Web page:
Pacific Flight settled at the back, and was last at the 2000 metres, though she was clearly impatient and anxious to get handier. This came later, when This Time Franco improved, and Vee Mee gave Pacific Flight a sweet ride forward. Purdon attacked before the corner and, given licence to show her tremendous sprinting ability, Pacific Flight quickly drew up to This Time Franco. But the favourite didn't go down without a fight, and when it looked as though Pacific Flight would go on to win by half a length, or even more, This Time Franco buckled down and kept the pressure on though Purdon didn't own up to any doubts himself. "I always felt I had Tony covered," he said.
This was Purdon's second win in the Oaks, his first being in 1988 with Julie Vance, a black Vance Hanover filly. He said Pacific Flight had always been "a natural. A a 2-year-old, when she won four races, she was always first out of the gate. She has got so much high speed, more than Julie Vance had. She is just keen and green," he said.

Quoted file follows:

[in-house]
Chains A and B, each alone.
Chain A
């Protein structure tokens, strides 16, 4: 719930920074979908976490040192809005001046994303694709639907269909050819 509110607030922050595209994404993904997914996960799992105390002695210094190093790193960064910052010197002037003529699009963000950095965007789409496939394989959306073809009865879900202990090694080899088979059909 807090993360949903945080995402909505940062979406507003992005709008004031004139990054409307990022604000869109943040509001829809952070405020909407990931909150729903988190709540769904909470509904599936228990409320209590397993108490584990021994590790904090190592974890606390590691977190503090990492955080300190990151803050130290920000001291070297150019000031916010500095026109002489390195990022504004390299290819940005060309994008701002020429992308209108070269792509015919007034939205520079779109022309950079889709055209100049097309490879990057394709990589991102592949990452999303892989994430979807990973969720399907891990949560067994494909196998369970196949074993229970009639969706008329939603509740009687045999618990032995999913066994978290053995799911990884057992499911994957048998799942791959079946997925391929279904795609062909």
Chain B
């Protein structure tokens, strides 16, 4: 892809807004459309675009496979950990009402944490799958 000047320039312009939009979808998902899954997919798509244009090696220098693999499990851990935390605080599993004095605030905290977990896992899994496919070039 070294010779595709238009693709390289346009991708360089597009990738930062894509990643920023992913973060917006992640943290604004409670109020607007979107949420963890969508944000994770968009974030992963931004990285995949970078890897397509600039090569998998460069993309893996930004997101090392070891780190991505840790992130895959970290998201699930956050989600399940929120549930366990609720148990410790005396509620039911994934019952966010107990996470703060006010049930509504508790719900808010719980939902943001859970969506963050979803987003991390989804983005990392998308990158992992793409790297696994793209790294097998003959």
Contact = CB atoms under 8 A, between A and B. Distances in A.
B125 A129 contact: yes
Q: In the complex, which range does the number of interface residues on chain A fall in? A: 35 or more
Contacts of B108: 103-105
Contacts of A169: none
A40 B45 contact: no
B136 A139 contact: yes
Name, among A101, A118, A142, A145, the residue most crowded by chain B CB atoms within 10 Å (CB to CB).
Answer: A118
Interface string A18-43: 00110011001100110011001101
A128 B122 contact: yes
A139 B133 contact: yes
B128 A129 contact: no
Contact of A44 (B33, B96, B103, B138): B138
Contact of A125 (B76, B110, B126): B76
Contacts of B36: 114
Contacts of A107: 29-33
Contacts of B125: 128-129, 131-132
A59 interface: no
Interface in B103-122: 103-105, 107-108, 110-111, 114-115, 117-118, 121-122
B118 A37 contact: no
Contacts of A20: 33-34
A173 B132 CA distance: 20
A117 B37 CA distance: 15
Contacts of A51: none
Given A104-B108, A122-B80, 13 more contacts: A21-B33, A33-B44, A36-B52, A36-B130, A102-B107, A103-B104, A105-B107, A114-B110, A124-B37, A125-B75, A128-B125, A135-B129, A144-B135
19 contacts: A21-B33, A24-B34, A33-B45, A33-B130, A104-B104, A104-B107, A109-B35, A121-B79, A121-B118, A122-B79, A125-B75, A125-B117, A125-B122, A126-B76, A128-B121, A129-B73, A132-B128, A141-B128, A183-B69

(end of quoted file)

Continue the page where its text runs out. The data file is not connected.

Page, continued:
Pacific Flight is from Significant, an unraced daughter of Out To Win and the grand racemare Black Watch. Owned by Roy Purdon and Gordon Robertson, Significant did not race because of soreness as a 3-year-old, but she impressed Roy. "She was a lovely free-legged pacer," he recalled. As a broodmare, Significant has been a gem, leaving a top class pacer in The Unicorn and National Image; her youngest is a yearling sister to Pacific Flight.
Lento was a gallant third, making a sharp run forward passing the 1600 metres to get handy, and cover, and making solid headway again at the end. "She went to the line real good, but if anything we got out just a bit late," said driver Robert Cameron. Last turning in, the lightly-raced Belle Amie passed 11 from there to finish fourth, ahead of Arma Class, Vee Mee and Lauder Madam.
This was Mark's second major success at Addington this year. He won the John Brandon New Zealand Derby, also Group 1, with Mark Roy last month.
Credit: Mike Grainger writing in HRWeekly 12May93
A good crowd, an exciting race, a finish which had everyone on their feet and a performance to marvel at. Those were the ingredients that made the 1993 DB Draught Easter Cup one of the more memorable races seen at Addington in recent years. From the time the 'guns' - Blossom Lady, Christopher Vance and Chokin - came into the race with sweeping runs in the middle stages, it was obvious something special was about to happen.